The UK research system is largely centralised, although regional autonomy for innovation policy has been increased in recent years.
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The Devolved Administrations of Scotland, Wales and Northern Ireland have responsibility for aspects of health and education funding. Block funding for higher education institutes is provided by separate higher education funding councils (or similar bodies) in each country, although the bulk of research funding comes via the Research Councils which have a UK-wide remit. At the regional level in England, responsibility for innovation support has been assumed by the Technology Strategy Board following the abolition of the Regional Development Agencies in 2011.
Research policy forms a significant element within the Government's policy on innovation, competitiveness and economic growth. Thus, it takes a cross-governmental view of research policies and attempts to operate coordinated policies for research. In general terms, the UK Government takes the view that a strong and thriving science and technology base is a vital component of the national innovation system and that national competitiveness is underpinned by a well-functioning R&D system, which requires adequate levels of investment from both the public and private sectors. Hence, research policy assumes a major role in high level political debate on innovation and competitiveness issues and features as a key issue in related policy documents.
The most recent strategy document produced is the Innovation and Research Strategy for Growth (IRS), published in December 2011, which remains the central guiding document for UK innovation strategy (although a new Science and Innovations Strategy is expected to be publisehd in the Autumn of 2014). Long-term financial expenditure across government as a whole is defined through a series of Comprehensive Spending Reviews (CSR). In its ten-year Strategic Innovation and Investment Framework (2004-2014) the UK expressed the ambition to reach a ratio of GERD to GDP of 2.5% by 2014. While the economic recession seemed to have greatly reduced the probability of this being achieved, recent figures have shown a better than anticipated growth for the UK economy although the the ratio remains around 1.8%.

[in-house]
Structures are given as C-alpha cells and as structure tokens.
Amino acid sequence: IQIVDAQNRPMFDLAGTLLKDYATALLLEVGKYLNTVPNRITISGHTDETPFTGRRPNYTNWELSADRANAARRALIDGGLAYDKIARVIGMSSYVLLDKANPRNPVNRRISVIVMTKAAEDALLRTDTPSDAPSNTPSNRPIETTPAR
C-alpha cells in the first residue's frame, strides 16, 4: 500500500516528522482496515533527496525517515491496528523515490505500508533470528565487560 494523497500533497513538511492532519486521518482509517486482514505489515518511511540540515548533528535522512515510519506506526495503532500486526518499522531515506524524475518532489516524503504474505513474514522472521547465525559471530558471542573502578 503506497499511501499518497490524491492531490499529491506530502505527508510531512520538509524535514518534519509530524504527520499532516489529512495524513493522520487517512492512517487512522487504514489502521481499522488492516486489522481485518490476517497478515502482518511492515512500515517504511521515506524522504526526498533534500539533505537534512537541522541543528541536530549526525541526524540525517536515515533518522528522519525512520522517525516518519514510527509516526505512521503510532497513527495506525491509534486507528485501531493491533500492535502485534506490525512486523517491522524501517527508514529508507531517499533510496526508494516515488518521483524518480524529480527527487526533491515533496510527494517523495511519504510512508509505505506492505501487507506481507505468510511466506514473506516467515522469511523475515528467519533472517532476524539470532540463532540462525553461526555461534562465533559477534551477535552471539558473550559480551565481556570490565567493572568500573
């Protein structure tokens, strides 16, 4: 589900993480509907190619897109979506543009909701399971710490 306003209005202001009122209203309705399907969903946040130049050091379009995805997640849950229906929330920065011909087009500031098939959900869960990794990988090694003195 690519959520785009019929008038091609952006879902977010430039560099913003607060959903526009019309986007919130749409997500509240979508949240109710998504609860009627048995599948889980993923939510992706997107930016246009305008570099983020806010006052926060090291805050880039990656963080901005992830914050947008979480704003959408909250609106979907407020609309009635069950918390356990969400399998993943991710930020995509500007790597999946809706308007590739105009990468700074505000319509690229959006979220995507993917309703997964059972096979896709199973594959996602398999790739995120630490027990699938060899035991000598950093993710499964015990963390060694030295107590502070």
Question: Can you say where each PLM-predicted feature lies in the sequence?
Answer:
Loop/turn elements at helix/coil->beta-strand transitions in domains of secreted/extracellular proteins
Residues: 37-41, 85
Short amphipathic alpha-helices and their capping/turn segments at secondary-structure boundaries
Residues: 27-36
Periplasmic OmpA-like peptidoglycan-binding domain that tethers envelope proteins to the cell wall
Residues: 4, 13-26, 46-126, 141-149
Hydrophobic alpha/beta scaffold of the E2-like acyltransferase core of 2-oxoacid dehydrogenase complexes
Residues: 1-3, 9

Overall, the most significant instrument for the support of R&D would appear to be the funding of university research by the Higher Education Funding Councils and the Research Councils. The next largest outlay is for defence R&D: whilst the majority of this funding will be directed to industry, approximately two-thirds of this is spent on development.
The Department for Business, Innovation and Skills (BIS) plays the lead executive role in research issues, and is the home of the Government Office for Science (GO-Science), headed by the Government's Chief Scientific Adviser (CSA). The CSA reports directly to the Prime Minister and the Cabinet and also chairs the principal high-level national policy making and coordination body, the Council for Science and Technology (CST), which in turn draws on policy advice from a range of bodies both within and outside the Government structure, including dedicated committees in both the upper and lower houses of Parliament. High-level UK science policy making also places particular emphasis on the use of systemic reviews and evaluations.
The economic downturn continues to restrict funding in certain areas: however, despite a projected 6% cut in the budget of BIS, the July 2013 Comprehensive Spending Review committed to maintain the resource budget for science at £4.6bn (approx. €5.35bn), increase the capital budget for science in real terms to £1.1bn (around €1.28bn) and to maintain this real increase until the end of the decade.